These people were also known as Scythians, I think?
I thought so, until I made the mistake of trying to find something about this...
B. N. Mukerjee has said that it is clear that ancient Greek and Roman scholars believed, all Sakai were Scythians, but not all Scythians were Sakai[why?].
Modern confusion about the identity of the Saka is partly due to the Persians. According to Herodotus, the Persians called all Scythians by the name Sakas. Pliny the Elder (Gaius Plinius Secundus, AD 2379) provides a more detailed explanation, stating that the Persians gave the name Sakai to the Scythian tribes “nearest to them”. The Scythians to the far north of Assyria were also called the Saka suni “Saka or Scythian sons” by the Persians. The Assyrians of the time of Esarhaddon record campaigning against a people they called in the Akkadian the Ashkuza or Ishhuza. Hugo Winckler was the first to associate them with the Scyths which identification remains without serious question. They were closely associated with the Gimirrai, who were the Cimmerians known to the ancient Greeks. Confusion arose because they were known to the Persians as Saka, however they were known to the Babylonians as Gimirrai, and both expressions are used synonymously on the trilingual Behistun inscription, carved in 515 BC on the order of Darius the Great. These Scythians were mainly interested in settling in the kingdom of Urartu, which later became Armenia. The district of Shacusen, Uti Province, reflects their name. In ancient Hebrew texts, the Ashkuz (Ashkenaz) are considered to be a direct offshoot from the Gimirri (Gomer).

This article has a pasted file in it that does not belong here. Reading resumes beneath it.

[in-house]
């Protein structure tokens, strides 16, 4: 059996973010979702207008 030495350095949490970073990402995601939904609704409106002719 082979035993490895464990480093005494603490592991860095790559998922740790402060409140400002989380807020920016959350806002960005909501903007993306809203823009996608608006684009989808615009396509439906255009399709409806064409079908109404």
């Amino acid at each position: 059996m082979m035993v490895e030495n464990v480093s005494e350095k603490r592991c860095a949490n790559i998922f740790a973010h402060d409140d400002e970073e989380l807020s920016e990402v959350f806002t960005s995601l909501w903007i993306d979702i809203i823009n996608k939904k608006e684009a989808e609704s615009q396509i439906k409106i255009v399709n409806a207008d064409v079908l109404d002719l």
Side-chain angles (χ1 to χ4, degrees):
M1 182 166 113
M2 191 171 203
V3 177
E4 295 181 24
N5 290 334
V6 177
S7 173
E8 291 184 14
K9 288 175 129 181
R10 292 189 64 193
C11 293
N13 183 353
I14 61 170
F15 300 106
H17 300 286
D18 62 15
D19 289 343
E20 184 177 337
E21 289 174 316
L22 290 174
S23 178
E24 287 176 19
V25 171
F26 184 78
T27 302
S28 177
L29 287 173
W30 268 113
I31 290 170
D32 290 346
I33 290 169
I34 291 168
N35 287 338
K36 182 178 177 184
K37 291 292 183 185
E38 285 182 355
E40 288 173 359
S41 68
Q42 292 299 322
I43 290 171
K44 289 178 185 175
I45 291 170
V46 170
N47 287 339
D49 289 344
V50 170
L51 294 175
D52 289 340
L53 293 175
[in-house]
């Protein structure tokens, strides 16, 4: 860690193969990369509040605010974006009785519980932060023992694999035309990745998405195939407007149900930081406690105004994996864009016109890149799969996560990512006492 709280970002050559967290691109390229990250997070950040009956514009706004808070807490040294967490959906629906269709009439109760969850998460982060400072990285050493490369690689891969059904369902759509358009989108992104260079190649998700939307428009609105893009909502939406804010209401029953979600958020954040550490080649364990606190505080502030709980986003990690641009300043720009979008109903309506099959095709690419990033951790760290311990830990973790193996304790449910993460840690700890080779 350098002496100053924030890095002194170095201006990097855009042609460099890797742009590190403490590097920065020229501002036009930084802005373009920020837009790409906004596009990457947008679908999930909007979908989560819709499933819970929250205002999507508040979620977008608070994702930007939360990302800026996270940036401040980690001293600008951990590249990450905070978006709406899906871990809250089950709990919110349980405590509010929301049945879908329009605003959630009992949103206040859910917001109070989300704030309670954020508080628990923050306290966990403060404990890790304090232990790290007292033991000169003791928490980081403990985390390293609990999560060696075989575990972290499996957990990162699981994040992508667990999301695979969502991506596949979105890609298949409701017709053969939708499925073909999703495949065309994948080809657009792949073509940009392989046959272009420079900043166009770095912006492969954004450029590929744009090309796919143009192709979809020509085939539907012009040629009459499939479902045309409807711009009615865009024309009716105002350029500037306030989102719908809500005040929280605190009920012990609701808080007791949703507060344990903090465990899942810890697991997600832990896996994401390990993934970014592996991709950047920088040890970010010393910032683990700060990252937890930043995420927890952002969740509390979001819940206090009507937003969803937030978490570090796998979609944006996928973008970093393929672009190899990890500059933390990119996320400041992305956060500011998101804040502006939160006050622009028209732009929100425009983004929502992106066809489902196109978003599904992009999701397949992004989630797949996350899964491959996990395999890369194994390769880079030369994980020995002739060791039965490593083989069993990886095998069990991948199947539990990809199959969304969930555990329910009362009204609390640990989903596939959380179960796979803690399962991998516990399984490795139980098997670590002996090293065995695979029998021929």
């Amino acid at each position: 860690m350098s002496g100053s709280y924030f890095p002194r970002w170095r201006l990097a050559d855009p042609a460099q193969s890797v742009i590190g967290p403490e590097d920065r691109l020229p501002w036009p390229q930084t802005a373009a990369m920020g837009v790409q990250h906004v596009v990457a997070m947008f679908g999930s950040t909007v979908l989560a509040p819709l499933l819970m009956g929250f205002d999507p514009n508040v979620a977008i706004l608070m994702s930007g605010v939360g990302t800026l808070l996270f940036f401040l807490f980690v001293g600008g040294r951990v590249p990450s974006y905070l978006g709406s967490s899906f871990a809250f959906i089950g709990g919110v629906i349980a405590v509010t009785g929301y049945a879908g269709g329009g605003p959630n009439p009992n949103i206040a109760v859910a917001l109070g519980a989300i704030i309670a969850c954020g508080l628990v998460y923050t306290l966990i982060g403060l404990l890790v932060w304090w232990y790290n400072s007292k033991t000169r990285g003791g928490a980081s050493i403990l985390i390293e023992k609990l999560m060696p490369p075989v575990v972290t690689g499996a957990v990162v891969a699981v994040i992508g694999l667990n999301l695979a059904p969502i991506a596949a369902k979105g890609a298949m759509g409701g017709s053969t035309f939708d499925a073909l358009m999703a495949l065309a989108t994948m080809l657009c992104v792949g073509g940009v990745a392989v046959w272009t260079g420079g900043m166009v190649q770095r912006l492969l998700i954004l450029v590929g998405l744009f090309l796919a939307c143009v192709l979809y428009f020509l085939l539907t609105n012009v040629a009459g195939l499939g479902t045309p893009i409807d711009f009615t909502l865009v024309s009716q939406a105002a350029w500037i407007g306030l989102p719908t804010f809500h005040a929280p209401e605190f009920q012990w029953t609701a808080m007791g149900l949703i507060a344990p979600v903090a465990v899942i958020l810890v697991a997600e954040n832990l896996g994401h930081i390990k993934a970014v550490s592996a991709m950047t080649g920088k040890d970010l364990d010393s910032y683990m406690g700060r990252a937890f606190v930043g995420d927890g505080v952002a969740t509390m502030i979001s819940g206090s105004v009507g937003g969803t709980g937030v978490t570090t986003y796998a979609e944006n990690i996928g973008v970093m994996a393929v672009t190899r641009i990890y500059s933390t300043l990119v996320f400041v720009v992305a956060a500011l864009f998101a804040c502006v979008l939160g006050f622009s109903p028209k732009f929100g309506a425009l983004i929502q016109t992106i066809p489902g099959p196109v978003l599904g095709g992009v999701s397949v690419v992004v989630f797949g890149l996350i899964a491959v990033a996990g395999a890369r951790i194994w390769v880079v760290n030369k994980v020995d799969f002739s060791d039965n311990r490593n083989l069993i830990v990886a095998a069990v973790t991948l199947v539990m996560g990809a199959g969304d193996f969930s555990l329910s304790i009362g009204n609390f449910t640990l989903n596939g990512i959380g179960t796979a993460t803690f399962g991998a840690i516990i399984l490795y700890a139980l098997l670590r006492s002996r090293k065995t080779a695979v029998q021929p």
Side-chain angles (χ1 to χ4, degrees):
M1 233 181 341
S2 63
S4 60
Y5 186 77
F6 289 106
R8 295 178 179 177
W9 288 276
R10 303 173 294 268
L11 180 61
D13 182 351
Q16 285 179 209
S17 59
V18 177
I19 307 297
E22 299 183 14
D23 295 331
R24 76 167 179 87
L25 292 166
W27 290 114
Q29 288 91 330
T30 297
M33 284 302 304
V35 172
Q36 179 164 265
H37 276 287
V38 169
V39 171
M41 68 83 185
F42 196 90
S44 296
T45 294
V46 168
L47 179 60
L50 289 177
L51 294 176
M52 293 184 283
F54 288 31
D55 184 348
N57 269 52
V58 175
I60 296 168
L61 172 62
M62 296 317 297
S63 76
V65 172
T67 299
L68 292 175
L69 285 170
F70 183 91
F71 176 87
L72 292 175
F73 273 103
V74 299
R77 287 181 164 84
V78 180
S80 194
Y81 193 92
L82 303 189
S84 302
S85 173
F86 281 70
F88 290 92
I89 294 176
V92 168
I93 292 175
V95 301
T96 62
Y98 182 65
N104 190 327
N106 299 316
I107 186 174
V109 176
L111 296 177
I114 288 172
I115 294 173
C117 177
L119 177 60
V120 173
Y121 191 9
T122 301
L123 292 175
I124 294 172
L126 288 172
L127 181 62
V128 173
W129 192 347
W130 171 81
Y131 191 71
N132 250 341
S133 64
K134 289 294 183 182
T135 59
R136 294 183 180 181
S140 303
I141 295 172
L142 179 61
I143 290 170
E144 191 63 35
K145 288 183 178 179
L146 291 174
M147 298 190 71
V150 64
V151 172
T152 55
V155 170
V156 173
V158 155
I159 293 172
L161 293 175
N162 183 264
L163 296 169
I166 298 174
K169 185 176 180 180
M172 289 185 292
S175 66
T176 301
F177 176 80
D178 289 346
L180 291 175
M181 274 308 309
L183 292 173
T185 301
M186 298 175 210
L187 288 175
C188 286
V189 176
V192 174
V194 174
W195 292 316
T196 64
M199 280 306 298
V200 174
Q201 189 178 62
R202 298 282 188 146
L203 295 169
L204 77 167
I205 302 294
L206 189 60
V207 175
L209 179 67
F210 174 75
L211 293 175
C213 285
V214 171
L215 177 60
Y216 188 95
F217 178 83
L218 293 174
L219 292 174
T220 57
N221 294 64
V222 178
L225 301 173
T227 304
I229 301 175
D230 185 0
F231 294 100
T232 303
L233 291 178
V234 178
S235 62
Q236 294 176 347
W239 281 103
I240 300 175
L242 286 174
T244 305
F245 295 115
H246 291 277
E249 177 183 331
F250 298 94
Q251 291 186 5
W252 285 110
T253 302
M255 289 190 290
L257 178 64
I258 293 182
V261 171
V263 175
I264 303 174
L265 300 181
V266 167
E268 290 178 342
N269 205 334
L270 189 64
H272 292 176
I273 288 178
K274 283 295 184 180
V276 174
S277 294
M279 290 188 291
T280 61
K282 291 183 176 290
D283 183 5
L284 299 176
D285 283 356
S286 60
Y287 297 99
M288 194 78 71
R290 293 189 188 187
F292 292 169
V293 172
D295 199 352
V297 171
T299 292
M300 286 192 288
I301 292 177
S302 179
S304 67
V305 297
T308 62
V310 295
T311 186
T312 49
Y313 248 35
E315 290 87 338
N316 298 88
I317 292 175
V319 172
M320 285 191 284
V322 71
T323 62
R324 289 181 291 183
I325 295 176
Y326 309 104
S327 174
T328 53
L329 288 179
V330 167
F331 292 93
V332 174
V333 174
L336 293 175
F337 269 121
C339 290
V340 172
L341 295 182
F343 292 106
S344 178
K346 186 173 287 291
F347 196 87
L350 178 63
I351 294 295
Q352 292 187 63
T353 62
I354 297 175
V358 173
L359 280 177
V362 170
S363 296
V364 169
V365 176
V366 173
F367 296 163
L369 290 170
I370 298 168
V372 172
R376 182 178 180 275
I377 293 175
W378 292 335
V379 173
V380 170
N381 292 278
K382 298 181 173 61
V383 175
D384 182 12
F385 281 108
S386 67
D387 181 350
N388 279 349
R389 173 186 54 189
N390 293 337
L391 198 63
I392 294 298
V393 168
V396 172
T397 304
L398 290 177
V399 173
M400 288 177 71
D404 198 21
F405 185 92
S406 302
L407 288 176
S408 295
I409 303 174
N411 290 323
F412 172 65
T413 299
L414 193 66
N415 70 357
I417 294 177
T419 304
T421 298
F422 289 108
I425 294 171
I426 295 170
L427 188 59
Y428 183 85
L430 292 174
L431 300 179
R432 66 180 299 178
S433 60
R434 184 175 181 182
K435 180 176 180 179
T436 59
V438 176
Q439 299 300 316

Thus the Behistun inscription mentions four divisions of Scythians,
* the Saka paradraya “Saka beyond the sea” of Sarmatia,
* the Saka tigraxauda “Saka with pointy hats/caps”,
* the Saka haumavarga “haoma-drinking Saka” (Amyrgians, the Saka tribe in closest proximity to Bactria and Sogdiana),
* the Saka para Sugdam “Saka beyond Sugda (Sogdiana)” at the Jaxartes.
Of these, the Saka tigraxauda were the Saka proper. The Saka paradraya were the western Scythians or Sarmatians, the Saka haumavarga and Saka para Sugdam were likely Scythian tribes associated with or split-of from the original Saka. [/snip]
This is interesting:
The language of the original Saka tribes is unknown. The only record from their early history is the Issyk inscription, a short fragment on a silver cup found in the Issyk kurgan.
The inscription is in a variant of the Kharosthi script, and is probably in a Saka dialect, constituting one of very few autochthonous epigraphic traces of that language. Harmatta (1999)[full citation needed] identifies the language as Khotanese Saka, tentatively translating “The vessel should hold wine of grapes, added cooked food, so much, to the mortal, then added cooked fresh butter on”.
What is nowadays called the Saka language is the language of the kingdom of Khotan which was ruled by the Saka. This was gradually conquered and acculturated by the Turkic expansion to Central Asia beginning in the 4th century. The only known remnants of the Khotanese Saka language come from Xinjiang, China. The language there is widely divergent from the rest of Iranian belongs to the Eastern Iranian group. It also is divided into two divergent dialects. Both dialects share features with modern Wakhi and Pashto, but both of the Saka dialects contain many borrowings from the Middle Indo-Aryan Prakrit.